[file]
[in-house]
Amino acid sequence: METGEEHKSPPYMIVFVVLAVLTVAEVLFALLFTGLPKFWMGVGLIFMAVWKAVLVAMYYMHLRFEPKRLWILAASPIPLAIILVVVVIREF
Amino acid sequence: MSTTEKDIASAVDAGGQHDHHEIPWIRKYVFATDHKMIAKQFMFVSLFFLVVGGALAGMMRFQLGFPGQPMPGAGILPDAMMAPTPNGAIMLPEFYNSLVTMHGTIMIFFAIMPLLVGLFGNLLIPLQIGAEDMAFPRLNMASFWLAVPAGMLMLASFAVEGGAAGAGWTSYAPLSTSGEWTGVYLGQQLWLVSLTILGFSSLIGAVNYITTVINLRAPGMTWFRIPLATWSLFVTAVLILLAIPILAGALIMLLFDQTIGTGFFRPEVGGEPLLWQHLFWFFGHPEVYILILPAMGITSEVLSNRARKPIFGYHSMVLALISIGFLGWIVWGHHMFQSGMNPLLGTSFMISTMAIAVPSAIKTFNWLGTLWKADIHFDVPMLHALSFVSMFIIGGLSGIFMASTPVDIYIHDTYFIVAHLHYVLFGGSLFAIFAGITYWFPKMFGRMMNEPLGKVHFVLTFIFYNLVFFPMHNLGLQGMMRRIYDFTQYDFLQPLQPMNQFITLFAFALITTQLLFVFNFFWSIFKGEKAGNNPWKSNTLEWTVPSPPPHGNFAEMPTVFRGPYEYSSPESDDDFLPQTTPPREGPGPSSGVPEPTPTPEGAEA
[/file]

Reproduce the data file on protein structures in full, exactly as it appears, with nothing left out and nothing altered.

[in-house]
Amino acid sequence: METGEEHKSPPYMIVFVVLAVLTVAEVLFALLFTGLPKFWMGVGLIFMAVWKAVLVAMYYMHLRFEPKRLWILAASPIPLAIILVVVVIREF
Amino acid sequence: MSTTEKDIASAVDAGGQHDHHEIPWIRKYVFATDHKMIAKQFMFVSLFFLVVGGALAGMMRFQLGFPGQPMPGAGILPDAMMAPTPNGAIMLPEFYNSLVTMHGTIMIFFAIMPLLVGLFGNLLIPLQIGAEDMAFPRLNMASFWLAVPAGMLMLASFAVEGGAAGAGWTSYAPLSTSGEWTGVYLGQQLWLVSLTILGFSSLIGAVNYITTVINLRAPGMTWFRIPLATWSLFVTAVLILLAIPILAGALIMLLFDQTIGTGFFRPEVGGEPLLWQHLFWFFGHPEVYILILPAMGITSEVLSNRARKPIFGYHSMVLALISIGFLGWIVWGHHMFQSGMNPLLGTSFMISTMAIAVPSAIKTFNWLGTLWKADIHFDVPMLHALSFVSMFIIGGLSGIFMASTPVDIYIHDTYFIVAHLHYVLFGGSLFAIFAGITYWFPKMFGRMMNEPLGKVHFVLTFIFYNLVFFPMHNLGLQGMMRRIYDFTQYDFLQPLQPMNQFITLFAFALITTQLLFVFNFFWSIFKGEKAGNNPWKSNTLEWTVPSPPPHGNFAEMPTVFRGPYEYSSPESDDDFLPQTTPPREGPGPSSGVPEPTPTPEGAEA